Qualified disaster relief payments are generally deductible by the employer and are not subject to any federal withholding obligations.
On March 13, 2020, COVID-19 was designated a disaster under the Robert T. Stafford Disaster Relief and Emergency Assistance Act. As a result, employers are permitted to make tax-free reimbursements and payments to employees under Internal Revenue Code Section 139. This Alert will outline the rules governing these reimbursements and considerations that employers must take into account when implementing such a program.
Under Code Section 139, an individual’s gross income cannot include any amount received as a “qualified disaster relief payment.” In the context of COVID-19, a qualified disaster relief payment means any amount paid to reimburse or pay reasonable and necessary personal, family, living or funeral expenses incurred as a result of COVID-19―but only to the extent any expense compensated by such payment is not otherwise compensated for by insurance or otherwise.
Qualified disaster relief payments are generally deductible by the employer, are not subject to any federal withholding obligations and do not need to be reported on a Form W-2.
Considerations for Employers
While prior disasters that have triggered Code Section 139 have been natural disasters, such as Hurricane Katrina, COVID-19 is unique in that it is an infectious disease pandemic. However, regardless of the type of disaster, wage replacement is never permissible to the recipient and is always treated as a taxable wage. Therefore, Code Section 139 cannot be utilized as a wage replacement alternative.
There are many potential categories of expenses that could be triggered in the COVID-19 context and reimbursed under Code Section 139―including, but not limited to, medical expenses, child care expenses due to school closures and increased home expenses (including increased utility expenses). The only limitation under Code Section 139 is that such expenses related to COVID-19 must be “reasonable and necessary.”
While Code Section 139 does not require a written plan document, it is recommended that employers adopt a written policy or program. The reason for this is twofold: (1) the IRS previously approved a written program in Revenue Ruling 2003-12 and it is therefore viewed as a best practice to have a written program to support the favorable tax treatment under Code Section 139, and (2) employees should be informed of the availability and parameters of such a program.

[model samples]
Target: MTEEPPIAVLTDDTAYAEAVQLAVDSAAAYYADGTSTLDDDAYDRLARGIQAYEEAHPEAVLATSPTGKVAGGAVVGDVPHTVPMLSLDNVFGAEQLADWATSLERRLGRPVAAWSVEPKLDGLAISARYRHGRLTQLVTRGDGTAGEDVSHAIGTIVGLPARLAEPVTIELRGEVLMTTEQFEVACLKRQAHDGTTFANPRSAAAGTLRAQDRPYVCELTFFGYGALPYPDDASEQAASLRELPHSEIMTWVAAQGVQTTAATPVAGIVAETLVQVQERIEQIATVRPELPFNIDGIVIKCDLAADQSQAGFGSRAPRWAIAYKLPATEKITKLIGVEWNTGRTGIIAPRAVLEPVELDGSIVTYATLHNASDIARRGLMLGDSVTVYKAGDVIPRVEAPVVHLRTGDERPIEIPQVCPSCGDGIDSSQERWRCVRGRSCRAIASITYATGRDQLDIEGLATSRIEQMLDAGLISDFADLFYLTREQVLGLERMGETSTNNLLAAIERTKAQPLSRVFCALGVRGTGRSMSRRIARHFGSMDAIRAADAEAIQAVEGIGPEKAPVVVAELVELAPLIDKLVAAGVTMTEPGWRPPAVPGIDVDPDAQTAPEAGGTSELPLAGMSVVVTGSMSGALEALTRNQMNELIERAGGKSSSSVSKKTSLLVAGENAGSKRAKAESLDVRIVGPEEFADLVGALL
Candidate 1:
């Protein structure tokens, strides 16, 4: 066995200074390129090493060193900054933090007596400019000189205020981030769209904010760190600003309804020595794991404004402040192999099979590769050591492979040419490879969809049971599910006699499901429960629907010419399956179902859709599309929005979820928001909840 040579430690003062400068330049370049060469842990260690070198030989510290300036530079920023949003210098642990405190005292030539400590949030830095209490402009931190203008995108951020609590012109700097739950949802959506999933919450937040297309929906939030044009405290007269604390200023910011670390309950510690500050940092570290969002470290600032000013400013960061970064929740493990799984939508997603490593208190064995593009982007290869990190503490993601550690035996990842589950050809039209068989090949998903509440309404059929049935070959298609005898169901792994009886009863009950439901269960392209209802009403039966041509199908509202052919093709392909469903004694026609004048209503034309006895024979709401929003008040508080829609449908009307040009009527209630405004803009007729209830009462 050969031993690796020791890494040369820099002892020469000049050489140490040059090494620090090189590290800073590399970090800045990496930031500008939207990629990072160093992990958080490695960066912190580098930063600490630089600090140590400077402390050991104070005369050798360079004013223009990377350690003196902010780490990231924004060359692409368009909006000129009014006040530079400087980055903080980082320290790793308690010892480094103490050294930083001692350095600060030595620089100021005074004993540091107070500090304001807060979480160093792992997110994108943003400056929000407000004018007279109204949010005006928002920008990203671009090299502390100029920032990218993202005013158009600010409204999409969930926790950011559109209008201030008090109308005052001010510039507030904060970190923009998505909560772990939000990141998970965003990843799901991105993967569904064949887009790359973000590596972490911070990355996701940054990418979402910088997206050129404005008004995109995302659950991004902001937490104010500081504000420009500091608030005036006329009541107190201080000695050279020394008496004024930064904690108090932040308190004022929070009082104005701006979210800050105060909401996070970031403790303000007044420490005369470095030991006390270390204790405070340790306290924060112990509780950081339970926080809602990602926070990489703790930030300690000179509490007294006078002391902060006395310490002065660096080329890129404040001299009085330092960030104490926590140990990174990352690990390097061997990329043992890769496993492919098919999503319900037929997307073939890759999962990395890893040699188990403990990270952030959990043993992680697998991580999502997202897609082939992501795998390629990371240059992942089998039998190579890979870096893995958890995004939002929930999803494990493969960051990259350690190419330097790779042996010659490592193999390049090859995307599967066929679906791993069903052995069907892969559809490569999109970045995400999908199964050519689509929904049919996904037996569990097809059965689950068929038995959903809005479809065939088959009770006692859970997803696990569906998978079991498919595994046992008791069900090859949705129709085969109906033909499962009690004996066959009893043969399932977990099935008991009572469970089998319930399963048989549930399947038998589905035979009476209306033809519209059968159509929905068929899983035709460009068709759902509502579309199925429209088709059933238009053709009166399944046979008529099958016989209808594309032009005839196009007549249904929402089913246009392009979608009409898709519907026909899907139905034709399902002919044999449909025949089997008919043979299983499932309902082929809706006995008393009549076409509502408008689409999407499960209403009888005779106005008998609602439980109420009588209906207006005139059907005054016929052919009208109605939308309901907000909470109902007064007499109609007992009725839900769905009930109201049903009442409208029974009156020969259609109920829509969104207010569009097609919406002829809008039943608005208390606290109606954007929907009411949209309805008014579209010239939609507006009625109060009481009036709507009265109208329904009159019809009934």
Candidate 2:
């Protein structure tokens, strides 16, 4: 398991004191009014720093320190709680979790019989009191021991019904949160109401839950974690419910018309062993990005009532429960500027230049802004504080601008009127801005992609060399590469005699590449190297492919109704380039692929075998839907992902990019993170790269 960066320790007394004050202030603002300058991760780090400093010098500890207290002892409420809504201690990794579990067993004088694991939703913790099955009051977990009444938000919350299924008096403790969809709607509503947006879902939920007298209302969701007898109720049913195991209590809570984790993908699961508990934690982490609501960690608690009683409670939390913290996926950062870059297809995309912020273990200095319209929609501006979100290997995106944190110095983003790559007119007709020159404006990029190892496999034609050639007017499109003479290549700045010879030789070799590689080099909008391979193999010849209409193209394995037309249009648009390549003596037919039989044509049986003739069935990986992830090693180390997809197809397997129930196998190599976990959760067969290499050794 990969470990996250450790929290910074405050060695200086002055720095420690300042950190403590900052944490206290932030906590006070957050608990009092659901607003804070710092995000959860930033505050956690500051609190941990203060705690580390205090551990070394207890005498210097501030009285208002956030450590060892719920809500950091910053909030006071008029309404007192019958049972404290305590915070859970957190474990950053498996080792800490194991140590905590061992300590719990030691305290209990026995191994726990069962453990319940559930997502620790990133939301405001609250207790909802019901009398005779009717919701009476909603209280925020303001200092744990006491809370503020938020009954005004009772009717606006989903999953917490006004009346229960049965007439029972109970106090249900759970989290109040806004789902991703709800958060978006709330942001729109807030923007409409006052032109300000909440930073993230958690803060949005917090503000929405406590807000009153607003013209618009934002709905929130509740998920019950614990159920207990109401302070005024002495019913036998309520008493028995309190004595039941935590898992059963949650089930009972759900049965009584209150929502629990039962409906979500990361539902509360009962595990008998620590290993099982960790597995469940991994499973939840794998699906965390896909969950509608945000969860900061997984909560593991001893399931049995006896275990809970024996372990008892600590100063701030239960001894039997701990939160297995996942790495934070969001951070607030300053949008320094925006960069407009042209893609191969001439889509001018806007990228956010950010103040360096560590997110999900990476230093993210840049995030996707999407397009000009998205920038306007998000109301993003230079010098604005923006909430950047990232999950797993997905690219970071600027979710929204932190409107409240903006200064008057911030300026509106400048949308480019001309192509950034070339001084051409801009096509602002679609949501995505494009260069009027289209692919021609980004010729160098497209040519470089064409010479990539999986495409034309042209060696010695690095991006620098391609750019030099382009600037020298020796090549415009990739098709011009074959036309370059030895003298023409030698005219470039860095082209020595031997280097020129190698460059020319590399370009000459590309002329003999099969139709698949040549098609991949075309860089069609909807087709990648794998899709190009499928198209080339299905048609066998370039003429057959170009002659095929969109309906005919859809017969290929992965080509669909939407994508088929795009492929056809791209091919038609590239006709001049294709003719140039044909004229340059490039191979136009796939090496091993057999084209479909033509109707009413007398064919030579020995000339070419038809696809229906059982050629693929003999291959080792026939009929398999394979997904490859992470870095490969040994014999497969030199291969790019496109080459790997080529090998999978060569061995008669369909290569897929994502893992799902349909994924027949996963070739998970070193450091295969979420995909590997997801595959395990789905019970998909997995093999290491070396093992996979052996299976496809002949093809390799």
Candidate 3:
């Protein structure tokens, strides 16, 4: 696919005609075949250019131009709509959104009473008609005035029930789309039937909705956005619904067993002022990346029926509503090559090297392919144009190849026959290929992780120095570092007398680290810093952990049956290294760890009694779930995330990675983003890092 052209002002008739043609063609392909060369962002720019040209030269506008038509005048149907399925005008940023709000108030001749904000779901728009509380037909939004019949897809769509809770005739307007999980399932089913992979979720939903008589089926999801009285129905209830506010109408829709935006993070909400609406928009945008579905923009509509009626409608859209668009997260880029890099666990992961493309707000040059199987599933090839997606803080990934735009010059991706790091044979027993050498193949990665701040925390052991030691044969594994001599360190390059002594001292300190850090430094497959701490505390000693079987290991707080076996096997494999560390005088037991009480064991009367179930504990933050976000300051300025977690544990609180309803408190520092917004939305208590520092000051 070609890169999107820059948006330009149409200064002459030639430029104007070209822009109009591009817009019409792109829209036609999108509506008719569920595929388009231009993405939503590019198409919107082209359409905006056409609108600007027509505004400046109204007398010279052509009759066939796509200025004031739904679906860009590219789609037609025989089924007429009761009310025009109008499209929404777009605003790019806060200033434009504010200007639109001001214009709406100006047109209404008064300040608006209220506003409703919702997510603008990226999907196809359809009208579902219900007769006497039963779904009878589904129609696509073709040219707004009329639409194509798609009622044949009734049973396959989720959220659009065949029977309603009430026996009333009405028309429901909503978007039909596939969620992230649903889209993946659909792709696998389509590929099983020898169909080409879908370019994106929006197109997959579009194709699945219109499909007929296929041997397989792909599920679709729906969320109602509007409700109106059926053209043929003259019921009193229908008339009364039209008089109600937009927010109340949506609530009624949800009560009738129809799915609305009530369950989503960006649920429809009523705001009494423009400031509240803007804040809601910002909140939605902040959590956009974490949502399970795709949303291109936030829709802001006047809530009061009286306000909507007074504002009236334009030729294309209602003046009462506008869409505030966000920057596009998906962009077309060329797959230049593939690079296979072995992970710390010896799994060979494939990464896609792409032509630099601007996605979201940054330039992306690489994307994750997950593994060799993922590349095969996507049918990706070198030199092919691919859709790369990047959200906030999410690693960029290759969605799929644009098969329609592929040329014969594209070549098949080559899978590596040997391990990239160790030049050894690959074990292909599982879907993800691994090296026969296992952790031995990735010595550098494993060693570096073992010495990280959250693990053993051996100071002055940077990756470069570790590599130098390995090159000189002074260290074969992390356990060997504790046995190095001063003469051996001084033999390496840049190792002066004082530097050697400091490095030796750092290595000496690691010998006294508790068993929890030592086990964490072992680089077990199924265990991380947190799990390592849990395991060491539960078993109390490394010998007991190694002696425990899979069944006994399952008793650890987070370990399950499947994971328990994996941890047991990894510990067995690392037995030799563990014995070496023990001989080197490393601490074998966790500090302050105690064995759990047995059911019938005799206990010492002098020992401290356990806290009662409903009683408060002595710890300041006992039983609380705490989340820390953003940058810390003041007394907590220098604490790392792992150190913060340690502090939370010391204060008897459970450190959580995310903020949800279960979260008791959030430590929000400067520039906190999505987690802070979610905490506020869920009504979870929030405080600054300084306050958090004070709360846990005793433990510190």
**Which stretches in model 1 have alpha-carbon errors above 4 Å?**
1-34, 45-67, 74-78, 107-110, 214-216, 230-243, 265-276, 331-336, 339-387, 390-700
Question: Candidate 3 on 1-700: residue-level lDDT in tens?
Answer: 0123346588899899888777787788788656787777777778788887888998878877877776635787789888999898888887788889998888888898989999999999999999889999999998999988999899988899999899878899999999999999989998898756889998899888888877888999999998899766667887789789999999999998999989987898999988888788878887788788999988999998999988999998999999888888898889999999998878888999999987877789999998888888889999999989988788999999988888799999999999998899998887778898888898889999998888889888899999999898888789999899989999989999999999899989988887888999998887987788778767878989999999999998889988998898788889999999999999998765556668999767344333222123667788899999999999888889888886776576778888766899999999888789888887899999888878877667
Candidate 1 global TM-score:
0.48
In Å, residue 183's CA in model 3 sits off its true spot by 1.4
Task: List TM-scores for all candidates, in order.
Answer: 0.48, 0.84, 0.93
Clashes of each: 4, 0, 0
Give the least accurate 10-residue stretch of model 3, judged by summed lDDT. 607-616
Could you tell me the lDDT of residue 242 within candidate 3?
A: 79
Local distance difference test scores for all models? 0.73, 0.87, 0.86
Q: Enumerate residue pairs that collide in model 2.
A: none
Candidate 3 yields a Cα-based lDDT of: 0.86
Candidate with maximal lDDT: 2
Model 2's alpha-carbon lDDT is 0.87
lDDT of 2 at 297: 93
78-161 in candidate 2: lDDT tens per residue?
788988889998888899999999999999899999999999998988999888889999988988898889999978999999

Any policy or program adopted by an employer must outline the features of the program, including limiting payments to those that are “reasonable and necessary” in the context of the COVID-19 outbreak, describing the eligible employee class or group and listing expenses that will be subject to reimbursement or payment.
Employers that wish to provide impacted employees with assistance in these difficult times are encouraged to consider the adoption of a Code Section 139 program, as it will result in tax-free benefits to the employee that are also tax deductible to the employer.
About Duane Morris
Duane Morris Benefits and Executive Compensation attorneys are available to assist employers in any way with respect to the novel and unique issues arising with respect to the coronavirus outbreak, including the implementation of a program under Code Section 139.
Furthermore, Duane Morris has created a COVID-19 Strategy Team to help employers plan, respond to and address this fast-moving situation. Contact your Duane Morris attorney for more information. Prior Alerts on the topic are available on the team’s webpage.
For Further Information
If you have any questions about this Alert, please contact any of the attorneys in our Employee Benefits and Executive Compensation Group, any of the attorneys in our Employment, Labor, Benefits and Immigration Practice Group, any member of the COVID-19 Strategy Team or the attorney in the firm with whom you are regularly in contact.
Disclaimer: This Alert has been prepared and published for informational purposes only and is not offered, nor should be construed, as legal advice. For more information, please see the firm's full disclaimer.